Lymphadenectomy, also known as lymph node dissection, is a surgical procedure to remove lymph glands so they can be viewed under a microscope and tested for signs of cancer. A lymphadenectomy is designed to determine whether cancer has spread to nearby lymph nodes.
A limited, or regional, lymphadenectomy removes some but not all of the lymph nodes in the area surrounding the tumor. In a total or radical lymphadenectomy, most or all of the lymph nodes in the area are removed.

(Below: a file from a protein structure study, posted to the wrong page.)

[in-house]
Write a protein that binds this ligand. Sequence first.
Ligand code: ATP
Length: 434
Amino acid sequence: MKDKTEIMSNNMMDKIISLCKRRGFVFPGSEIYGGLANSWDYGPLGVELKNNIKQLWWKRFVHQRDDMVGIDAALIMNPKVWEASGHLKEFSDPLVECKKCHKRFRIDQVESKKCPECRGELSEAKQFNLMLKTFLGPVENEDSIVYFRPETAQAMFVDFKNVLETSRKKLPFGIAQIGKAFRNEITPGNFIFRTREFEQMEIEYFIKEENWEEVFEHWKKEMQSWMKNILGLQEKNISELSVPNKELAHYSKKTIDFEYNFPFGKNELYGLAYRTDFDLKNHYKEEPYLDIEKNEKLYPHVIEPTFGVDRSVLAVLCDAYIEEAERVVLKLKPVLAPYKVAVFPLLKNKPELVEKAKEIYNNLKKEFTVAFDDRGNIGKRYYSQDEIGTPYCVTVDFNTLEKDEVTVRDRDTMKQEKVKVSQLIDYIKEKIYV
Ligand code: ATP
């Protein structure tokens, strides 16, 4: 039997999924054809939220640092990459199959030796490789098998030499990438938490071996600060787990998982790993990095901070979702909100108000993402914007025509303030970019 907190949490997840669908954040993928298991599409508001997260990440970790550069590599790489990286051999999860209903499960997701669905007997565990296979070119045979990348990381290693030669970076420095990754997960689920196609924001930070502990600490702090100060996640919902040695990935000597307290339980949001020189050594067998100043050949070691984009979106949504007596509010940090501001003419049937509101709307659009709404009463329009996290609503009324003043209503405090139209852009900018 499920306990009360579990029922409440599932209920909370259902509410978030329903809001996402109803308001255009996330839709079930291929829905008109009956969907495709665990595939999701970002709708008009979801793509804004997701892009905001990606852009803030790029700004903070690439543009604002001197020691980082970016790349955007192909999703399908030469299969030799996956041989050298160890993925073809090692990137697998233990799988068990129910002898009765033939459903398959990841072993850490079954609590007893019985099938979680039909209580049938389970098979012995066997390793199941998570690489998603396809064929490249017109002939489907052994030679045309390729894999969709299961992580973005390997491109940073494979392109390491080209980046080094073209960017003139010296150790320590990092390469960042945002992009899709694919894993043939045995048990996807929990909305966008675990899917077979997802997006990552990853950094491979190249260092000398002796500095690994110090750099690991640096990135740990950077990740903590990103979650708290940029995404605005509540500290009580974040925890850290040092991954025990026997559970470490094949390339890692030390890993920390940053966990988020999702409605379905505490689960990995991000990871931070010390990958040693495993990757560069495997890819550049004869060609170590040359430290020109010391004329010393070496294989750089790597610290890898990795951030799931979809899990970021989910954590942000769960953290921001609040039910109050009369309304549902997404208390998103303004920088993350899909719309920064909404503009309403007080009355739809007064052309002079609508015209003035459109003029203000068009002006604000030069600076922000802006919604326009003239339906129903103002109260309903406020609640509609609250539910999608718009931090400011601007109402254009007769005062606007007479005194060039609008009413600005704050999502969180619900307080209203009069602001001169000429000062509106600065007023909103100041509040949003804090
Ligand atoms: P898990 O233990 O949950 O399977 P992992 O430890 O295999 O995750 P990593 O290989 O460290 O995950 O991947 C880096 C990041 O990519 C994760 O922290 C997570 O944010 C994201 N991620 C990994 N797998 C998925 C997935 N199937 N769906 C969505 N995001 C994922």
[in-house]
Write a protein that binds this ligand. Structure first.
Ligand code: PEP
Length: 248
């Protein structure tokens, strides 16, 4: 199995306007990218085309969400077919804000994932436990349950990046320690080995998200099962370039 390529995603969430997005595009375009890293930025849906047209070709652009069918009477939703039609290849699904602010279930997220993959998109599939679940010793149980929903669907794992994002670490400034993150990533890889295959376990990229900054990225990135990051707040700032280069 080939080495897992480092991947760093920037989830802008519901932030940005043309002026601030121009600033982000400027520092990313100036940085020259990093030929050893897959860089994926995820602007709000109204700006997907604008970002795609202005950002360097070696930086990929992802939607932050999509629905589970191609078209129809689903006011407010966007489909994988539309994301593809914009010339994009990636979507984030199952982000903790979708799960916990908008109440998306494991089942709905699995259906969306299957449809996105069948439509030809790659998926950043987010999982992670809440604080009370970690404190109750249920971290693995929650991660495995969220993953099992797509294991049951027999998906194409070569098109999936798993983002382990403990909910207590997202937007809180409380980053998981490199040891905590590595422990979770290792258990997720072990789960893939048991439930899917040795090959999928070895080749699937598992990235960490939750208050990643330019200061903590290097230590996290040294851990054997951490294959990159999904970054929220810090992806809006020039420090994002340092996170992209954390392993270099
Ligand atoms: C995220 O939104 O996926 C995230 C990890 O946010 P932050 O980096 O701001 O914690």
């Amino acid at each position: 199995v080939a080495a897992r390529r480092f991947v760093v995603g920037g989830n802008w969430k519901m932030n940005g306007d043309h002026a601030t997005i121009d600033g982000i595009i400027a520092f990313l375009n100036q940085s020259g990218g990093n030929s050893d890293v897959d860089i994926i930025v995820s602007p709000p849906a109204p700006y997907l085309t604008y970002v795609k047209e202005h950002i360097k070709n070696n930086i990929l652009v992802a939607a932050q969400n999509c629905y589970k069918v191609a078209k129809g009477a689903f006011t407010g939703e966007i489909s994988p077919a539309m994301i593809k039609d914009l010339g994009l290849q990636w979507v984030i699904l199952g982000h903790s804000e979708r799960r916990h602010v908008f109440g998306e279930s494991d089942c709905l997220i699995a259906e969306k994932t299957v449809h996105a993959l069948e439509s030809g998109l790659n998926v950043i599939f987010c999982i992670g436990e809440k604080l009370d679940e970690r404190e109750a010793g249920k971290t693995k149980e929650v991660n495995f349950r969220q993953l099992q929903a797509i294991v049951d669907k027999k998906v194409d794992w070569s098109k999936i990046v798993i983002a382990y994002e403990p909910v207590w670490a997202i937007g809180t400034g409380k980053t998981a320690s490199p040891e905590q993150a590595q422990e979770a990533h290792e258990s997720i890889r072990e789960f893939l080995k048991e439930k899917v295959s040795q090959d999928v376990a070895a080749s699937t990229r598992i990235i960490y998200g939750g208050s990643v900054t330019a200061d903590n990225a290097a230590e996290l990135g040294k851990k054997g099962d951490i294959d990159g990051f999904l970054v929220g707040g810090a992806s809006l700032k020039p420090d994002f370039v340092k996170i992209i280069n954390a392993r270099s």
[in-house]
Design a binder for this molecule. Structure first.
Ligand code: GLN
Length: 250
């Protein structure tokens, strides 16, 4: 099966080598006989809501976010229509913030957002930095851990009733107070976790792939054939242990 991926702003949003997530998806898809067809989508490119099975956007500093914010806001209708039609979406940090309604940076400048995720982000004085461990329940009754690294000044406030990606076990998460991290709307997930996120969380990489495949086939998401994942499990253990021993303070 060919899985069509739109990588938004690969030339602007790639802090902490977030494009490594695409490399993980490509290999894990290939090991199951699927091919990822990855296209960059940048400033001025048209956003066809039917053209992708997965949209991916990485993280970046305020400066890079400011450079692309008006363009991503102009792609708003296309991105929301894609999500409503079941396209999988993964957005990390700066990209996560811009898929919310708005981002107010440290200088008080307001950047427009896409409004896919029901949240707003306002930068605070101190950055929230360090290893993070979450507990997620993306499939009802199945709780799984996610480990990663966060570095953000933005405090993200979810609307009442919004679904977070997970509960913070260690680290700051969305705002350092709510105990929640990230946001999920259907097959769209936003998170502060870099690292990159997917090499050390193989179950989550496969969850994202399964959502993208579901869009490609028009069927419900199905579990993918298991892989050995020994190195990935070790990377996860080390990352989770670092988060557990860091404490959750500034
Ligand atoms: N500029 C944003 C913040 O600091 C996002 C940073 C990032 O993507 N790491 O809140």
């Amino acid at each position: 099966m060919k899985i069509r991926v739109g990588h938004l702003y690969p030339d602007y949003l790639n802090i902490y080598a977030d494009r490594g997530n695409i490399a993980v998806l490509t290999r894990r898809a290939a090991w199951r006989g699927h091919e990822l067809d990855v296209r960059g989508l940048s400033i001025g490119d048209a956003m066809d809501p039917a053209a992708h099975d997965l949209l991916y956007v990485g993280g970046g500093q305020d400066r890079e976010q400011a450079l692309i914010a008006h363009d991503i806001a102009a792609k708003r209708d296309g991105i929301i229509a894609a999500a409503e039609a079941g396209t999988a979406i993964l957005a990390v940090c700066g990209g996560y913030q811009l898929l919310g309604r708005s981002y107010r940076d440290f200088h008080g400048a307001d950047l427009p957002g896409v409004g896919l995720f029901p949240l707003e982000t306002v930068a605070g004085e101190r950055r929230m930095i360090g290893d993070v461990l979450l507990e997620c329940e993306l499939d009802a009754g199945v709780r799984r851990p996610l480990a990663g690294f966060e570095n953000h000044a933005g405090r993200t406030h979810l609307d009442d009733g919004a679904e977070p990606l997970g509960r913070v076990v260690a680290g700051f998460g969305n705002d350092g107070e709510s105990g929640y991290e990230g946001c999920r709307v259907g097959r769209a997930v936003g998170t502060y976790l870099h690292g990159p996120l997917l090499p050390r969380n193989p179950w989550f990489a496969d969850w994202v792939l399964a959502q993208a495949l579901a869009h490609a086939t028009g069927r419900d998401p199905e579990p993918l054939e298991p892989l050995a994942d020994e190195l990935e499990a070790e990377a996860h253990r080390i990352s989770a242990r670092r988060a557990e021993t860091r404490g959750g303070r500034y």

Lymph nodes produce and store blood cells, and act as filters that help fight disease and infection. Lymph nodes, also known as lymph glands, remove cell waste and fluids from the lymph (lymphatic fluid) and store lymphocytes (white blood cells). Lymph nodes are part of the lymphatic system, located throughout the body, including the neck, armpits, abdomen and groin. Some lymph nodes are located near the surface of the skin, while others are located deep in the abdomen or around organs, such as the heart or liver.